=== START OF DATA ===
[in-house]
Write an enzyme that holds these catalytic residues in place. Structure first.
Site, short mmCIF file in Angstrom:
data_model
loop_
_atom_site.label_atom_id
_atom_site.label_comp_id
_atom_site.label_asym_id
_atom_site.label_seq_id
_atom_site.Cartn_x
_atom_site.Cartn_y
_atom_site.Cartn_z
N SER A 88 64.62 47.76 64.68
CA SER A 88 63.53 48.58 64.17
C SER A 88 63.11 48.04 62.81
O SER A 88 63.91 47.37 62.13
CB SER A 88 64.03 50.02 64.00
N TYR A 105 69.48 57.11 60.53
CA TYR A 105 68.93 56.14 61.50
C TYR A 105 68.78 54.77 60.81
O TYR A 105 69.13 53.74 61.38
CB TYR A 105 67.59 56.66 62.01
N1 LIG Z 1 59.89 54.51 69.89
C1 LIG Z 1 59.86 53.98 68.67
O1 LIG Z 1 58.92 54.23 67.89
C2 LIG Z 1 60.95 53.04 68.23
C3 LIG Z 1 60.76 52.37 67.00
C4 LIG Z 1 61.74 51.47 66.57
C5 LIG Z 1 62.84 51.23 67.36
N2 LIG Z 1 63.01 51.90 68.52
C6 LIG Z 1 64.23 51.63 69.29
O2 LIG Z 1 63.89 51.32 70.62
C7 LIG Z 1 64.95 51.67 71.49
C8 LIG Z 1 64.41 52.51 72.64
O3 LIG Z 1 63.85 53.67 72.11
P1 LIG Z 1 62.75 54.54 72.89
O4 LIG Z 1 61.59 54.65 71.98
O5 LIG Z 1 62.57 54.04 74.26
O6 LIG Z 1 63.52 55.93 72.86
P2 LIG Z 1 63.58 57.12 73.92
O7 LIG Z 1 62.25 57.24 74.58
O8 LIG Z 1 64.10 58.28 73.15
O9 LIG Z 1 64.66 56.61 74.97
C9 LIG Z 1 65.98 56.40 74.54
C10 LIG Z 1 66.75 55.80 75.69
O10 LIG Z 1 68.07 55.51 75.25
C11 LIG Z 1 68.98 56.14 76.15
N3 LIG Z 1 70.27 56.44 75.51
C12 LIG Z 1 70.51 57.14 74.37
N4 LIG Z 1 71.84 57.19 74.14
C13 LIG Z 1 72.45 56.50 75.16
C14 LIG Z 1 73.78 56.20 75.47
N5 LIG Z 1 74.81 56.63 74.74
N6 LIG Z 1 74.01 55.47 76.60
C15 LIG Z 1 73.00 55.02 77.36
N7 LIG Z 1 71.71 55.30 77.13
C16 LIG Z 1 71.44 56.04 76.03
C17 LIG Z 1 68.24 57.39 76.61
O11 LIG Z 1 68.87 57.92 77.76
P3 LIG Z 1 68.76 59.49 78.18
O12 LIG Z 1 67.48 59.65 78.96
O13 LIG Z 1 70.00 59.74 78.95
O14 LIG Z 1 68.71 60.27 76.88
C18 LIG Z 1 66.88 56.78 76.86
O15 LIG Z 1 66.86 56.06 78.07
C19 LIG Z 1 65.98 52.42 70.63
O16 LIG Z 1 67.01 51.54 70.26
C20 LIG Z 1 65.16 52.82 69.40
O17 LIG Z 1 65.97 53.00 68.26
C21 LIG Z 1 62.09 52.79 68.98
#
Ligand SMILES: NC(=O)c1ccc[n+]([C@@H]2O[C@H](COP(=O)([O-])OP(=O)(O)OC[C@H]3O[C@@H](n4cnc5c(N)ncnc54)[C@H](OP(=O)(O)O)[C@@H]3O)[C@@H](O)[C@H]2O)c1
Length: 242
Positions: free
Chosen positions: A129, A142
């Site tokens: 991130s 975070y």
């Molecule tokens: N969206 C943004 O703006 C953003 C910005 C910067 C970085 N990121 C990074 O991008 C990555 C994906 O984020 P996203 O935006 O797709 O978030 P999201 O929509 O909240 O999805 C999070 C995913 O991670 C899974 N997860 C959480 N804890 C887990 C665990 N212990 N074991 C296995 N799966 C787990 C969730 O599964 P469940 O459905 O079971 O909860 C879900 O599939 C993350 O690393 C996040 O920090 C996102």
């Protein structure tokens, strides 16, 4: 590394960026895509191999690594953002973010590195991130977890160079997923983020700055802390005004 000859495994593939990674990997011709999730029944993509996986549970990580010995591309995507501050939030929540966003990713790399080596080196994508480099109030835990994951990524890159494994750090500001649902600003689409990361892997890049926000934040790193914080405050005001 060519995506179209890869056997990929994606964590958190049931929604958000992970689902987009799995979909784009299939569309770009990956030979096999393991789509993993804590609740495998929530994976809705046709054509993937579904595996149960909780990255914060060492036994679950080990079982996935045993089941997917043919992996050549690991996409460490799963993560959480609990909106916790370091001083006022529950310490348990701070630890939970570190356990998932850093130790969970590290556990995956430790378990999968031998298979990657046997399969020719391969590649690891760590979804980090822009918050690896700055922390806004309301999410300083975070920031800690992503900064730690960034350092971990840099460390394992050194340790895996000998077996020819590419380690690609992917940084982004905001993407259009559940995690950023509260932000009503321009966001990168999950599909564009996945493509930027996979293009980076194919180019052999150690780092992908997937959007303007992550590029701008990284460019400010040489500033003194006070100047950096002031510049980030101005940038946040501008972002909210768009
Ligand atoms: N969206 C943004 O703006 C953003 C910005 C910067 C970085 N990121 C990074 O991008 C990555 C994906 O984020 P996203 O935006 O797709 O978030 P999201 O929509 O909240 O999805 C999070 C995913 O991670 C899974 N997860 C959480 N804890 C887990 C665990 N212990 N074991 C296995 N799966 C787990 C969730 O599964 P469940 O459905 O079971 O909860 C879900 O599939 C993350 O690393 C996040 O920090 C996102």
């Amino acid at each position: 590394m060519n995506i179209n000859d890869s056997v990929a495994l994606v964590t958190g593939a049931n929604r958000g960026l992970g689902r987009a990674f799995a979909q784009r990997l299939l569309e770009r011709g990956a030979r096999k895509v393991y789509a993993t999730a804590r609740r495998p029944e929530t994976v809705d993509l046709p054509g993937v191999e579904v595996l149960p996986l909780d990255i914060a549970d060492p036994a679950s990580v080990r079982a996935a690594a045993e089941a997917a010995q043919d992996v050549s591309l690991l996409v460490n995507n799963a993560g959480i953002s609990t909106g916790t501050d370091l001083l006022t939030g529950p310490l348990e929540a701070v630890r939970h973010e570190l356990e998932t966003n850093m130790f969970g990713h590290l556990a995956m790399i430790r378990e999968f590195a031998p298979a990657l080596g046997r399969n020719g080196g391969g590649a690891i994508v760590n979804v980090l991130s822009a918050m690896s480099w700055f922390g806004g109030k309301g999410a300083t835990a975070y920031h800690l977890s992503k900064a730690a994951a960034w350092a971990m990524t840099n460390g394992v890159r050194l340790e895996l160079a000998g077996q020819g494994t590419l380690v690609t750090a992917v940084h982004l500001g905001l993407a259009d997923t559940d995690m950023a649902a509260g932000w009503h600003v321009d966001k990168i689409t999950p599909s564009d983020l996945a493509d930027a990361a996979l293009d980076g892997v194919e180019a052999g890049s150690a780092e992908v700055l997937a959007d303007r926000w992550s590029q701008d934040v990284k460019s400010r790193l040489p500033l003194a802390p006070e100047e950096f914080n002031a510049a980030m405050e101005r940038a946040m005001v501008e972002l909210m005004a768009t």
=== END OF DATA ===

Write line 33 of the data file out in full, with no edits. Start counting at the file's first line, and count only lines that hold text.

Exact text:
C7 LIG Z 1 64.95 51.67 71.49